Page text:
Along with the rudiments of lab safety (“keep away from the Bunsen burner”), my first science lesson at secondary school was memorable for the schoolgirl wisdom of the white-coated teacher: “If it moves it’s biology, if it smells it’s chemistry, if it doesn’t work it’s physics...”
This set the scene for the next five years with the chemistry, biology and physics departments in constant, albeit friendly, rivalry over resources, grades and the brightest students.
How things have changed. Now the scientific community, looking to answer increasingly broad and global problems, demands a similarly broad and global team to help answer them.
It’s an approach known as Team Science, and is as relevant to cancer research as it is to tackling climate change or putting Man on Mars.
No lone workers
The drive towards Team Science is reinforced by the funding bodies, which increasingly require evidence of multiple disciplines working together before they can be convinced to part with their cash.
These days a lone chemist, biologist or physicist working away on their own – however diligently – is as rare as a collaborative secondary school teacher.
In the world of the global economy, the internet and Big Data it is hardly surprising that scientific research is also going global. Of course it makes sense! For a challenge as multifaceted as cancer, surely a multifaceted team with a range of expertise can only be beneficial? After all, no one can be an expert in everything.
And while all this cosying up to each other brings the potential to make lightening leaps and bounds in scientific advances, it comes with its own set of problems and challenges.
Combining in the pool
On the same day as work from more than 40 groups across the globe analysing the genetic code of 560 breast cancers was published, Professor Steve Cowley on the Today programme touched on the difficulties of forming a cohesive team and scheduling the nuclear fusion experiment ITER in France – a collaboration of seven international partners.
The difficulties encountered with ITER, and in labs around the globe, are hardly surprising as scientists struggle to understand each other in every sense of the word.
Expecting scientists to work together from scratch is like expecting Tom Daley and Rebecca Adlington to combine to win a gold medal at water polo because they’re both at home in a swimming pool. Navigating through multi-disciplinary projects may well feel like sitting down to tea with the Mad Hatter.
Google ‘team working’ and it’s quickly clear that there’s a multi-million pound business dedicated to giving advice (at a price!) and coaching (even pricier!) about how to create an effective and successful team. Books have been written and careers have been made helping big businesses work collaboratively to meet the global shift.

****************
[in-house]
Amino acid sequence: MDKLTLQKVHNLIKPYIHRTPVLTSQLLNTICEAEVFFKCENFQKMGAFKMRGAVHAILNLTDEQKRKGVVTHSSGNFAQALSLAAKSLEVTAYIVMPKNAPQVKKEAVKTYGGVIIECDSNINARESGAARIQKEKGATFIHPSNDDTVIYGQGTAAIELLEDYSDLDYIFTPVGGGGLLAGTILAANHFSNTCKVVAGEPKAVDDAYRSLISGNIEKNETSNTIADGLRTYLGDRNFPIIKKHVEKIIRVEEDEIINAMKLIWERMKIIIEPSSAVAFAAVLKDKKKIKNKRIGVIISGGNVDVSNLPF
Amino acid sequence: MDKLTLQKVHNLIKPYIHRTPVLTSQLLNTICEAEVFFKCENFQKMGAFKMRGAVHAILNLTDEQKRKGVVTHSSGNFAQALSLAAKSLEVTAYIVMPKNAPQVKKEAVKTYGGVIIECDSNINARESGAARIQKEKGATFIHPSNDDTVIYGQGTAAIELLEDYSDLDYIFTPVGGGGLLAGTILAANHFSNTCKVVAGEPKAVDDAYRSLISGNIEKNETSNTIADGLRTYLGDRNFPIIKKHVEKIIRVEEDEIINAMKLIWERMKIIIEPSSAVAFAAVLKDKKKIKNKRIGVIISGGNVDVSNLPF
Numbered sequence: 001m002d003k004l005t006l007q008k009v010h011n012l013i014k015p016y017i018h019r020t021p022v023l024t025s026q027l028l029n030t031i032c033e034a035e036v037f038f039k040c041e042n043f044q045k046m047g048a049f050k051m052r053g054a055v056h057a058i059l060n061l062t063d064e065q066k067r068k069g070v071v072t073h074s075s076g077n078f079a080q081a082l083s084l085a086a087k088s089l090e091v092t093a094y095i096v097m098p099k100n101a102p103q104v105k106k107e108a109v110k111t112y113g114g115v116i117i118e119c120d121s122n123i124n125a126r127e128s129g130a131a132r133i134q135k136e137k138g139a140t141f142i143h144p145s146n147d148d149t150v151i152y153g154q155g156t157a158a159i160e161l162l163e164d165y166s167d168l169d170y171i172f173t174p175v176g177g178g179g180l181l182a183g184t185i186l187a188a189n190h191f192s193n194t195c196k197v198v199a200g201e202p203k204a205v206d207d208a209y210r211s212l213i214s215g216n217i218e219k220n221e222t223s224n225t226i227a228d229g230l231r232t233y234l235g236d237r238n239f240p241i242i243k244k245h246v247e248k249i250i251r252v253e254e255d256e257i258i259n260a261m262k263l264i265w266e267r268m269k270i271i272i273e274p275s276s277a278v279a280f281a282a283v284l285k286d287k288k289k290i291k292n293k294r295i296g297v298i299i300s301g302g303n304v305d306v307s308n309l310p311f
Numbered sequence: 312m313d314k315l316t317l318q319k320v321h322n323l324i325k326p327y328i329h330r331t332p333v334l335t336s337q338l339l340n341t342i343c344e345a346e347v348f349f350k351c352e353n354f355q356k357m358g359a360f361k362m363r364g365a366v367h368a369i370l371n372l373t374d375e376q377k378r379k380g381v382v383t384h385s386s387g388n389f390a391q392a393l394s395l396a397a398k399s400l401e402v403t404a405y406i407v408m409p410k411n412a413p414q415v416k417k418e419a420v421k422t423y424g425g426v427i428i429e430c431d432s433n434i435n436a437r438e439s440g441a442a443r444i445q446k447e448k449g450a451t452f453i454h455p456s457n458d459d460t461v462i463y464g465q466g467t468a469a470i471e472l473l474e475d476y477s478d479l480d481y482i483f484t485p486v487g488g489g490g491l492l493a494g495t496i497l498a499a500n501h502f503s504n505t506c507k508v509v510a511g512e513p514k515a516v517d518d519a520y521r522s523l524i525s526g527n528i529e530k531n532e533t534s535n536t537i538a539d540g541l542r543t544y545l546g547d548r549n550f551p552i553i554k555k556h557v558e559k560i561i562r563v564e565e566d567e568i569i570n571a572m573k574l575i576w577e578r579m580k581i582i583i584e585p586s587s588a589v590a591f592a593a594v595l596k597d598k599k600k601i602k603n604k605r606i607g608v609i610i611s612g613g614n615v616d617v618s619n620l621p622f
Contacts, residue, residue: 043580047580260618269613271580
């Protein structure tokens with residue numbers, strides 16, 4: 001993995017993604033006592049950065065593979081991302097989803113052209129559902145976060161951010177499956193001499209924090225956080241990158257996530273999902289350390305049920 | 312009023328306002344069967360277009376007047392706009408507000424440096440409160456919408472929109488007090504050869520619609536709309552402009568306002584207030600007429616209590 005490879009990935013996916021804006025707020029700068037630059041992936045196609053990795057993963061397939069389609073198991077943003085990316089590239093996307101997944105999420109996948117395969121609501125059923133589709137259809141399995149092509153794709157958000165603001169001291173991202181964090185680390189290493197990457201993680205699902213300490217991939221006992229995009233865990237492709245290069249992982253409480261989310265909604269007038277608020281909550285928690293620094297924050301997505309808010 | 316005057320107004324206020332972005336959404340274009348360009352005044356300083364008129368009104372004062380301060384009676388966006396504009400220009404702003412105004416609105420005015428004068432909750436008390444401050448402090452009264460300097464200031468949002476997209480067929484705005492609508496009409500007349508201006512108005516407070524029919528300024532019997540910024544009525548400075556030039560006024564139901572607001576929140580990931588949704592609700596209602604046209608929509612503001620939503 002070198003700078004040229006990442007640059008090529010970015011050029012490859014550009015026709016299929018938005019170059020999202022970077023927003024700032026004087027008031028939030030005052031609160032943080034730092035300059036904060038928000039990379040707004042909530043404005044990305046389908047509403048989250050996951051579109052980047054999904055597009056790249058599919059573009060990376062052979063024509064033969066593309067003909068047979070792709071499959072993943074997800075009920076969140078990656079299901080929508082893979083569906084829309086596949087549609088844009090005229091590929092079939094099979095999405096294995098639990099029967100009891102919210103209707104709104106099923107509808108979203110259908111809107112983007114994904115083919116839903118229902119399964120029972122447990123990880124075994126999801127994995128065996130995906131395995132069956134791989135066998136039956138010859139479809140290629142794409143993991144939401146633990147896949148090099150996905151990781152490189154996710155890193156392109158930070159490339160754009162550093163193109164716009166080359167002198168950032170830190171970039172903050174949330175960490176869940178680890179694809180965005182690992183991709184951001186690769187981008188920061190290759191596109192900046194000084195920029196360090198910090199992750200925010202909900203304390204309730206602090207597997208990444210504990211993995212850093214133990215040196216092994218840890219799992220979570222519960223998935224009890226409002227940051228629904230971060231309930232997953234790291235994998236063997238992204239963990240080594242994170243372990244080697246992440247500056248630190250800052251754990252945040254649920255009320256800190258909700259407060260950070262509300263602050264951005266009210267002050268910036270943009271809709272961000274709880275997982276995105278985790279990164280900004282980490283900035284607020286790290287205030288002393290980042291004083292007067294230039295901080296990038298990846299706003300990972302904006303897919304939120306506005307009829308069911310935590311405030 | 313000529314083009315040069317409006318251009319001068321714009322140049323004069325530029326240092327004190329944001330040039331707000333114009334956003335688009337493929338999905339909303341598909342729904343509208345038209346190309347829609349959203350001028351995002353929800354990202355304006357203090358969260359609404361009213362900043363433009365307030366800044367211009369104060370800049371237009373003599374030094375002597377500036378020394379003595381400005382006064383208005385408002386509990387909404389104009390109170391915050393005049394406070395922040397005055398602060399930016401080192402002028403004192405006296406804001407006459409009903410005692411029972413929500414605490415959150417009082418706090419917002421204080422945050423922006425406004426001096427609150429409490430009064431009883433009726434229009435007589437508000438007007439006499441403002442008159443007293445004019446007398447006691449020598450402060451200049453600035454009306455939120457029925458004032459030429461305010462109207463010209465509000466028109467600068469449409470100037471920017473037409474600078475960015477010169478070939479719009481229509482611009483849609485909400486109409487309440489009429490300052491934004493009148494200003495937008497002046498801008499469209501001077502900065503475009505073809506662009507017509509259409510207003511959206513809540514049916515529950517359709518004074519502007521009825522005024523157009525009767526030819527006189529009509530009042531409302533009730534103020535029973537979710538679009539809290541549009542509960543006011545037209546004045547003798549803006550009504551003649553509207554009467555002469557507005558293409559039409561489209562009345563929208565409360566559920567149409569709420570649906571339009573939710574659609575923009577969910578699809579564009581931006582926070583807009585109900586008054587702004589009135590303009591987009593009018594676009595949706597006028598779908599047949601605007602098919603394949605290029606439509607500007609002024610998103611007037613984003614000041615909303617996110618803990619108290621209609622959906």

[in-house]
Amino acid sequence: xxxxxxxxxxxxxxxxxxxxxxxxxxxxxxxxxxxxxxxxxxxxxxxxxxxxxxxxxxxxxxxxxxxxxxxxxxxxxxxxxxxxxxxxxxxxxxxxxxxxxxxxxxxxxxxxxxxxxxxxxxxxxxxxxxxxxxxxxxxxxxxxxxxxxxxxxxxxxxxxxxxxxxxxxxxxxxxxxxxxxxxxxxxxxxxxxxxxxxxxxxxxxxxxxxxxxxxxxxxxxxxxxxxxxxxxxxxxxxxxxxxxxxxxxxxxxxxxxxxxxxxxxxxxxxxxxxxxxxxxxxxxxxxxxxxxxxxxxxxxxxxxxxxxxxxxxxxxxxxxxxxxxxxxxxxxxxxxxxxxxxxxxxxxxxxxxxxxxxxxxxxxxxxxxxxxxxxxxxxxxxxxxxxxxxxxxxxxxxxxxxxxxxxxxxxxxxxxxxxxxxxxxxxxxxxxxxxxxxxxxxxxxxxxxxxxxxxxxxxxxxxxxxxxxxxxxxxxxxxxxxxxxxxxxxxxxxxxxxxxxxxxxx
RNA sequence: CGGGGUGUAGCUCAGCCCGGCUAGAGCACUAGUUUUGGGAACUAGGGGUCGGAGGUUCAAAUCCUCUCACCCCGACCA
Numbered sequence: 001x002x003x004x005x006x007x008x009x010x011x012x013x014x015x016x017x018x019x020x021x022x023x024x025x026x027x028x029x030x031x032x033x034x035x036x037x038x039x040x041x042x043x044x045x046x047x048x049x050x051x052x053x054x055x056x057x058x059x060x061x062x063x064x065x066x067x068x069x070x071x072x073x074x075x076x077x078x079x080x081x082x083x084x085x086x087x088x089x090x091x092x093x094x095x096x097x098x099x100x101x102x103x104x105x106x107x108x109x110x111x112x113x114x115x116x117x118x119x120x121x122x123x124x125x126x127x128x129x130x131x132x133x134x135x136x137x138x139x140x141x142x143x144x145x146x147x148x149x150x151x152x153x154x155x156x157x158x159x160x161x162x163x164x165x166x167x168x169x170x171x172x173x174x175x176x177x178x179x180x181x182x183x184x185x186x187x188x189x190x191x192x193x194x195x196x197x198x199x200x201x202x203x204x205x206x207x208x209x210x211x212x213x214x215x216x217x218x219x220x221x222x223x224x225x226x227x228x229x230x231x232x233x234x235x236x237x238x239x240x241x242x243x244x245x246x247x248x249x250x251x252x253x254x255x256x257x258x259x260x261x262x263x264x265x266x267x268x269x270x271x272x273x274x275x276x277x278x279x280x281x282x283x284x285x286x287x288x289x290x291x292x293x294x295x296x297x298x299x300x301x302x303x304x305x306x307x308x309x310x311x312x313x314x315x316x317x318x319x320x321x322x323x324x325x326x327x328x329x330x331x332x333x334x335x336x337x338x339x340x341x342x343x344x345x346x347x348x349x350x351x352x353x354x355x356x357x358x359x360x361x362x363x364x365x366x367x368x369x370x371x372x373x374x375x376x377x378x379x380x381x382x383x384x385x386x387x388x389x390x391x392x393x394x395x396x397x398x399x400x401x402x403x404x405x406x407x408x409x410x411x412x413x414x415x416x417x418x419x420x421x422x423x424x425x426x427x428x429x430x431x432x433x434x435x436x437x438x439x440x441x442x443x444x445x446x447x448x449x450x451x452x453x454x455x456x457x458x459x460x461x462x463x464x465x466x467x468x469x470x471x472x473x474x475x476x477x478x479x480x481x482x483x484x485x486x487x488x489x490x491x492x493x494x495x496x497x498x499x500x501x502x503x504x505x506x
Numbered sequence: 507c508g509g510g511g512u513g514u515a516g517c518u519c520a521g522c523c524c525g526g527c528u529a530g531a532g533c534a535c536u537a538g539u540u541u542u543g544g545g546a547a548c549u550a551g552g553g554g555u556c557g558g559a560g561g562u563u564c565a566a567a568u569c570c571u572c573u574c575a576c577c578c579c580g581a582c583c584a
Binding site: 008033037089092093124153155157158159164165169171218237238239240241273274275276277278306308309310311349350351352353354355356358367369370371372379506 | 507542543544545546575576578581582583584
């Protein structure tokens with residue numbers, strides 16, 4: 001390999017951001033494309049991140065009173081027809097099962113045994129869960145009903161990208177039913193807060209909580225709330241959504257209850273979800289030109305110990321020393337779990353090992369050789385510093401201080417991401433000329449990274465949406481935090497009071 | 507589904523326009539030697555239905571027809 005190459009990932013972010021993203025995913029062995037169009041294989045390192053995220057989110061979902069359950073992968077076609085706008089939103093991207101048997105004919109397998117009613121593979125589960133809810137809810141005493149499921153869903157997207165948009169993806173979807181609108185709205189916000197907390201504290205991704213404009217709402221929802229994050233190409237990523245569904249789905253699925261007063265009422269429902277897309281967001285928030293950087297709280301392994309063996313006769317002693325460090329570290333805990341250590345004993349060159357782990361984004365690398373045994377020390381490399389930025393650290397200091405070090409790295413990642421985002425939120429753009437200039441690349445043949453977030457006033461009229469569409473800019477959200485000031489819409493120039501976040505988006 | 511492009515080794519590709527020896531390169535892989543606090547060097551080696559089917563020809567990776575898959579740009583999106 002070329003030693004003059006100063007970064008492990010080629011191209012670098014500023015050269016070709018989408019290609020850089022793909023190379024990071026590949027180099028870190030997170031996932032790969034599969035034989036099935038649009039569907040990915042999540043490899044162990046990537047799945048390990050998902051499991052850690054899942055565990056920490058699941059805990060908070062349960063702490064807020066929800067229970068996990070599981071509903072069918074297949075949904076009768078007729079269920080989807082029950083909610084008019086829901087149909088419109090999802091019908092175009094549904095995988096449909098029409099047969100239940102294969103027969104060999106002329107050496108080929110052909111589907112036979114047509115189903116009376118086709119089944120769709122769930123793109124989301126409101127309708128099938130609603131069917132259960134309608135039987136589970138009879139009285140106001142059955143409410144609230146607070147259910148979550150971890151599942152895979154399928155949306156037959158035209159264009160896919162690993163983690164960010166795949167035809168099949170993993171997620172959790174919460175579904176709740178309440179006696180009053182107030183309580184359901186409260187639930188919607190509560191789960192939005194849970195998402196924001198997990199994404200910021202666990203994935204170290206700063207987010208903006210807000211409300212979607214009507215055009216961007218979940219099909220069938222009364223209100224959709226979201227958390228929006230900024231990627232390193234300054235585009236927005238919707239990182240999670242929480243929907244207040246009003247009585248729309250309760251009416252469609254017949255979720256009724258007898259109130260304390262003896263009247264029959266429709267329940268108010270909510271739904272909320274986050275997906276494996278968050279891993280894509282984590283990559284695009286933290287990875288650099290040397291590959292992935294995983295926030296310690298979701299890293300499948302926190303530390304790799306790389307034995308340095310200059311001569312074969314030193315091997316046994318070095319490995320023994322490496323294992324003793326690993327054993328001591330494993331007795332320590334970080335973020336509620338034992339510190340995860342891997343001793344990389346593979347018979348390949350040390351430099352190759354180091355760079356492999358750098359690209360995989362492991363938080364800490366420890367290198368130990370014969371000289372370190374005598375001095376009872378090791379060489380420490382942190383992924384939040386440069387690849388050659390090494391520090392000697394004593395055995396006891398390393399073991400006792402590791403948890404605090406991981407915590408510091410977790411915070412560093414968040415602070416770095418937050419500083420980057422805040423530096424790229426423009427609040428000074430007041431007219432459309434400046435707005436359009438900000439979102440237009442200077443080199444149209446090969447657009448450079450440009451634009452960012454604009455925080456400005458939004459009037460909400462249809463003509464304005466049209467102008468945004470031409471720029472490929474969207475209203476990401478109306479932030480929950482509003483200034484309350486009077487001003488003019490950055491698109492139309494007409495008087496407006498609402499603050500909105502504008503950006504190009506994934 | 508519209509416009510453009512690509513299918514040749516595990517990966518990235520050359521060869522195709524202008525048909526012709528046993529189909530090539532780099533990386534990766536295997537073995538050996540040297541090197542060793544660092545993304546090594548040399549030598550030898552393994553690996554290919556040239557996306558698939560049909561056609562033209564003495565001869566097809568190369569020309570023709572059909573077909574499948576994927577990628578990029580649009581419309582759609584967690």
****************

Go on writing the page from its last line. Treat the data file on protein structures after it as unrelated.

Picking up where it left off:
Yet, in scientific laboratories around the world strangers from different disciplines, speaking different languages with different world views and histories, are meeting – sometimes virtually – to try and tackle some massive issues without addressing the basics of collaborative working.
We focus on the science but forget the basics the business world has known clearly for decades: successful team working requires successful communication.
Theory and practice
Of course we know – in theory – that communication is key and that words are vital for producing fantastic scientific publications, being awarded peer-reviewed funding or writing that thesis.
But these efforts are adjudicated by our peers with the same expertise. Are the challenges for a chemist communicating an advanced chemical reaction to a physicist who happily left chemistry at GCSE any different to a professor in molecular biology giving a public lecture to an audience of bankers?
Scientists are trained to choose words carefully when communicating their research with the public, but when communicating with each other we take less care – and arguably the propensity for misunderstanding is greater.
Airfix or small furry creature?
Despite a common language, words have different meanings to different people. Does the word ‘model’ conjure up a small furry creature, a thought experiment, an Airfix kit or Naomi Campbell?
And consider this: to a chemist, ‘structure’ conjures an image of molecular conformation, while a physicist may think of bulk material properties, such as stiffness.
Eighteen months into my ‘Team Science’ PhD, it took me many project meetings with supervisors of different disciplines before this particular penny finally dropped. It’s hard not to wonder how much more we could have achieved had it not been for all the cross-purpose conversations – the root of which was that one small word: ‘structure’.
Some of the most exciting science is happening at the blurred borders of traditional disciplines, and Team Science is spawning an abundance of research. It has even given birth to a new field – the Science of Team Science (SciTS for short) and with this the creation of resources to manage the effectiveness of our collaborations and help us on our way.
Meanwhile, back in the reality of my Team Science PhD, my respected supervisors, some of the brightest in their specialist fields, provide multidisciplinary oversight of my project. Or is all their heated debate just a multidisciplinary “oversight”? Maybe it would be useful to take time out to compile a simple glossary – so at least we all know what we’re talking about!
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